Bags of Bran


The New Enemies of Language
July 18, 2010, 10:01 pm
Filed under: Biography

When I lived in Iron Mountain, MI, I lived among an unrefined, rough-handed, yet winsome people whose grammar, while not great, was charming. At least I could understand them despite their distinctive speech patterns. For example, we would go to the bank (lady and I) and when we made like a tree to leave, the teller would smile broadly and say “Thank yous” because she was thankful with respect to both of us. In her reckoning (and the reckoning of most of the UP), if she only said “thank you,” it would erode the very foundations of our marriage to wonder which of us she had been thankful for. Pluralizing the “you” also made it so she didn’t have to kill time by saying “Thank you, ma’am; and thank you as well, sir, I had not forgotten you just there when I thanked your wife,”  saving the company big bucks over the long haul.

This was, as I said, charming. More charming was the way the true wood-Yoopers (the ones who could wield a chainsaw like a rapier) pronounced words. “You want another piece of pickled pike there?” sounded like “You wannanudder piece a pickled pike dare, hey?” All “th” was either “t” (things–>tings) or “d” (them there–>dem dare) or a combination thereof (this here thing–>dis here ting). Also, most sentences ended either with extraneous prepositions (So, you tink it’s gonna rain, den) or the universal “I’m not talking to myself” tag: “hey” (Giddoff dat ladder dare, you’re gonna hurt yourself dare, hey). “Hey” was a personal pronoun of direct address which almost functioned as a proper noun in context. When deployed, the receiver of the “hey” would treat it as though the speaker had just uttered his Christian name. A common response was “OK den.”

Far less charming is the speech pattern of the young-ish urbanites that congregate and prevail in a neighborhood kind of on the left end of Minneapolis. We call the place “Uptown” and the people “Hipsters.” Hipsters are extremely self-conscious, leaving little consciousness for the other person in the room, unless that person happens to be more hip than he is. Those who rise through the ranks of hipness usually end up with a website full of grungy YouTube videos, despicable and contempt-worthy scrawls known as “local art,” cacophonous din laced with gibbering known as “local music,” and pictures of self and other selves bearded and drinking, checking one another out for hipness. Their art, fashion, and language all vie for the bottom rung of the disposable fashion ladder.

I happened upon one of these websites, a cycling-related one, while looking for something else one day. Short sentence fragments. Unverbed ones. Meaninglessness. Random videos. Rants about Sarah Palin.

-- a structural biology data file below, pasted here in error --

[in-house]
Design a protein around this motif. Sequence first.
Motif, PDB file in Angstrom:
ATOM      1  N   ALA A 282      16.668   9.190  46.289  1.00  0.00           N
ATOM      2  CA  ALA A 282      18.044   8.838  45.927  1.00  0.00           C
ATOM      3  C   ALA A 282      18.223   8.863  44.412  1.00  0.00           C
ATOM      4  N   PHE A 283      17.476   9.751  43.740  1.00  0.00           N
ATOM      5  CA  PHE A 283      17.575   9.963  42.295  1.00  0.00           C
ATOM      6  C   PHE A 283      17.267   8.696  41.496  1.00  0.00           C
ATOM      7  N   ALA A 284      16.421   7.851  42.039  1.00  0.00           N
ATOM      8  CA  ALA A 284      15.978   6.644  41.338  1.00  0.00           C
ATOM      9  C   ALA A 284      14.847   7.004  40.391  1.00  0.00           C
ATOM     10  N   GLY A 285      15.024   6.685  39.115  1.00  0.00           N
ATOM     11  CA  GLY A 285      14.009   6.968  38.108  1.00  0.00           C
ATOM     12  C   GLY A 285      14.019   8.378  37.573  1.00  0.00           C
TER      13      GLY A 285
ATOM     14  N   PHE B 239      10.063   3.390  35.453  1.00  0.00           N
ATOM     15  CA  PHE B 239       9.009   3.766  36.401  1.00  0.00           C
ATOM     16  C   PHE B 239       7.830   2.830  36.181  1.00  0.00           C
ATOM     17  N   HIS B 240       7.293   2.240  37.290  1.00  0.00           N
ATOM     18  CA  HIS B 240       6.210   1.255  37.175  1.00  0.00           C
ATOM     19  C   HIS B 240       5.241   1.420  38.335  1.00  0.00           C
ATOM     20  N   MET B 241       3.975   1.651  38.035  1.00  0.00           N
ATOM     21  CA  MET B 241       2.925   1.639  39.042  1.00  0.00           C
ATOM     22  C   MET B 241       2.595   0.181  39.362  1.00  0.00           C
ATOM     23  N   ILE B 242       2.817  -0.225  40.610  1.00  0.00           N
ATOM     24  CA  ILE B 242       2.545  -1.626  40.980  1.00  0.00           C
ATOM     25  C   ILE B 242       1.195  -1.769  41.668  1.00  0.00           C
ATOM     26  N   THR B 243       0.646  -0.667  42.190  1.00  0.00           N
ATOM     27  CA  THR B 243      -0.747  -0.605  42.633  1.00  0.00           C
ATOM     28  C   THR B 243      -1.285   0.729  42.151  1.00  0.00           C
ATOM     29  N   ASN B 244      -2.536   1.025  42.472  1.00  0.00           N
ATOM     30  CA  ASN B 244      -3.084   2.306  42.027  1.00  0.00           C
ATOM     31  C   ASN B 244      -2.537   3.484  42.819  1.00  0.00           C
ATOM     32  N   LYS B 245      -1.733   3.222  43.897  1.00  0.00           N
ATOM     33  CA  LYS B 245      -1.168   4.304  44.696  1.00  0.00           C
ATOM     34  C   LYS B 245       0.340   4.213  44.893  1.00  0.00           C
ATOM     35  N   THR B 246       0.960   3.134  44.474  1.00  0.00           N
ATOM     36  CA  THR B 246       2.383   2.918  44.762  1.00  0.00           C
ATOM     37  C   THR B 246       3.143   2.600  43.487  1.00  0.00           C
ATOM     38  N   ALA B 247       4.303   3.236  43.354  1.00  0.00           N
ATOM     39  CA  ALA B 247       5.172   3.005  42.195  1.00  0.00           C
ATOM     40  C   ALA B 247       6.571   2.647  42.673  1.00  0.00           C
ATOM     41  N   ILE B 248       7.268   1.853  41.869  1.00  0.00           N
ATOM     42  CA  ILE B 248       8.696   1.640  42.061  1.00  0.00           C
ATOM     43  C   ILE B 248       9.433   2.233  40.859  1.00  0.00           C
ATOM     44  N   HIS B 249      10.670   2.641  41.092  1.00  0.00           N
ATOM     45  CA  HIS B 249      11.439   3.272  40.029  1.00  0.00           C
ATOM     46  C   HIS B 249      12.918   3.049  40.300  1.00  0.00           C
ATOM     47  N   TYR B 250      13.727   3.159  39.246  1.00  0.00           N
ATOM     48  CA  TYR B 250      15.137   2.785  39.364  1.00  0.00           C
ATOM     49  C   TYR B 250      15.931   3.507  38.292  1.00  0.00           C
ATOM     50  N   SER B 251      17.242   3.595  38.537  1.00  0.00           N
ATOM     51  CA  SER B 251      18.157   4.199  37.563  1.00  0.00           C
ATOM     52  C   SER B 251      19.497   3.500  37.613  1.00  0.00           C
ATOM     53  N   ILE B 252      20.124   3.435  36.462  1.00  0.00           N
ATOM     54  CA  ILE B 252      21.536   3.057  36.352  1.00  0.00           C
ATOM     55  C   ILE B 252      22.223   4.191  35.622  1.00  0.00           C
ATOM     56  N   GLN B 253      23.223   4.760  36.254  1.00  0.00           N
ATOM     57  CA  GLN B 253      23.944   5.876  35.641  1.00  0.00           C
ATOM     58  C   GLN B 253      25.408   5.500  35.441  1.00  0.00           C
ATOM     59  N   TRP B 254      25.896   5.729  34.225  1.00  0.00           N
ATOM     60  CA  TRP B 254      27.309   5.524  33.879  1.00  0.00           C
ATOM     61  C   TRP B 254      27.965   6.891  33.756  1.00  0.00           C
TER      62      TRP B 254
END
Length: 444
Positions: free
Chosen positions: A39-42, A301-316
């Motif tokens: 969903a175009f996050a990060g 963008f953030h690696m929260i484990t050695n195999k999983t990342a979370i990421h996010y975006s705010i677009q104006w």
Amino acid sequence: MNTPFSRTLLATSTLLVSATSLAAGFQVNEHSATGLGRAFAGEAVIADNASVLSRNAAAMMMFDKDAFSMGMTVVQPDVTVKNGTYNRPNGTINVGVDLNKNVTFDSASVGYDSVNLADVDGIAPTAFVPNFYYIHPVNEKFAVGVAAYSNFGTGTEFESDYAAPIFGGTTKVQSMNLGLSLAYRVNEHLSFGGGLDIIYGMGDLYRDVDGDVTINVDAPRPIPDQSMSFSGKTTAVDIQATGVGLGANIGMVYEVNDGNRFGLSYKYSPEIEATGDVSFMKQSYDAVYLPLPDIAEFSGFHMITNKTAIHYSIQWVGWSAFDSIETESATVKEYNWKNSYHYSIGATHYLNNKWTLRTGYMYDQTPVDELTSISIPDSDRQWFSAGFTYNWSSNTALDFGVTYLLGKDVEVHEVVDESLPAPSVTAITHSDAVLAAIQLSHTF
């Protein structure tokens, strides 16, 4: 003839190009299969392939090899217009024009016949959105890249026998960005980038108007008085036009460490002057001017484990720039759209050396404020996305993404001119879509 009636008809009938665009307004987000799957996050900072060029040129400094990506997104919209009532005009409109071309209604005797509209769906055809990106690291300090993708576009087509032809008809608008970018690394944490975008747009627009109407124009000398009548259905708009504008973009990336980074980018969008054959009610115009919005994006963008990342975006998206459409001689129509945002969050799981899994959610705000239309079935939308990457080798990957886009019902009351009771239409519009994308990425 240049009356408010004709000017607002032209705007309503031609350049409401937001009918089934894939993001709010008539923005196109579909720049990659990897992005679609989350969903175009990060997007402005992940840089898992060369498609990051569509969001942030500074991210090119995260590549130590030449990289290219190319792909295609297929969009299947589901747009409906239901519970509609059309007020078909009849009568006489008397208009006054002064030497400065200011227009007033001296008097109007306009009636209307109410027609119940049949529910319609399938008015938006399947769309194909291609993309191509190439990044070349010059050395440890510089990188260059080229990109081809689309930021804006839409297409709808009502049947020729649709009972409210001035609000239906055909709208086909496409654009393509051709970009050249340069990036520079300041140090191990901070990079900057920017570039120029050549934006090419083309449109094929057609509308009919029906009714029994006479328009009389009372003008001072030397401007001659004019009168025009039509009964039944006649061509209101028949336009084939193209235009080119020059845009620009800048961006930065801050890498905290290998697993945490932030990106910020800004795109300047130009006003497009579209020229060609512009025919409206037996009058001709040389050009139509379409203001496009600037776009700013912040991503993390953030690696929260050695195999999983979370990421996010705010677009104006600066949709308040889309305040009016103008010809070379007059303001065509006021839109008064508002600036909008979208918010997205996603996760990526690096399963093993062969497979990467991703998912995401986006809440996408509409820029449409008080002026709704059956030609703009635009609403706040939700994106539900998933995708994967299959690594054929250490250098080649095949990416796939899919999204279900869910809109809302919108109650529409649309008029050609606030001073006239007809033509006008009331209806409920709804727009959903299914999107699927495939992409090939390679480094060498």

Etc. And plenty of AutoCorrect Malapropisms sprinkled through his jaunty, verb-free prose.

What was really striking, however, was the strange recurrence of the verb “curate,” as though every time the author wished to communicate the concept of “hold” or “keep,” he would use “curate.”

“We needed a light, but none of us was curating a lighter, except Poz, and he was busy stenciling a naked girl on the side of a box car. Poz has a sweet beard and just joined a local band called the Tennis Elbows. They’ve been practicing for a week and they’re going to play a house party on Friday. Stellar. And he was using a can of paint that he curated in his pocket from his dad’s garage. Stellar. It was epic.”

No longer is it stuffy guys in museums that can be called “curators.” ANYBODY who has, keeps, carries, totes, lugs, drags, stashes on his person, cups in the palm of his hand, or accidentally swallows ANYTHING is now a “curator.” Soon, the trivia on the side of the cereal box will say “Did you know that you’re curating literally hundreds of microscopic organisms in that large intestine that you’re curating?”

I kinda liked the old sense of the word. I like the stuffy guys who forget more about paintings and painters than they know about their own families. Someone has to protect paintings from savages who would try to cut them up and make patches for their messenger bags out of them, and that’s why museums have curators. Who will save language from the hipsters? Well, not too many people take them seriously, but their cultural vandalism need not go unchecked. I suppose it’s up to me.

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1 Comment so far
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Epic post, dude. Epic.

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Comment by David




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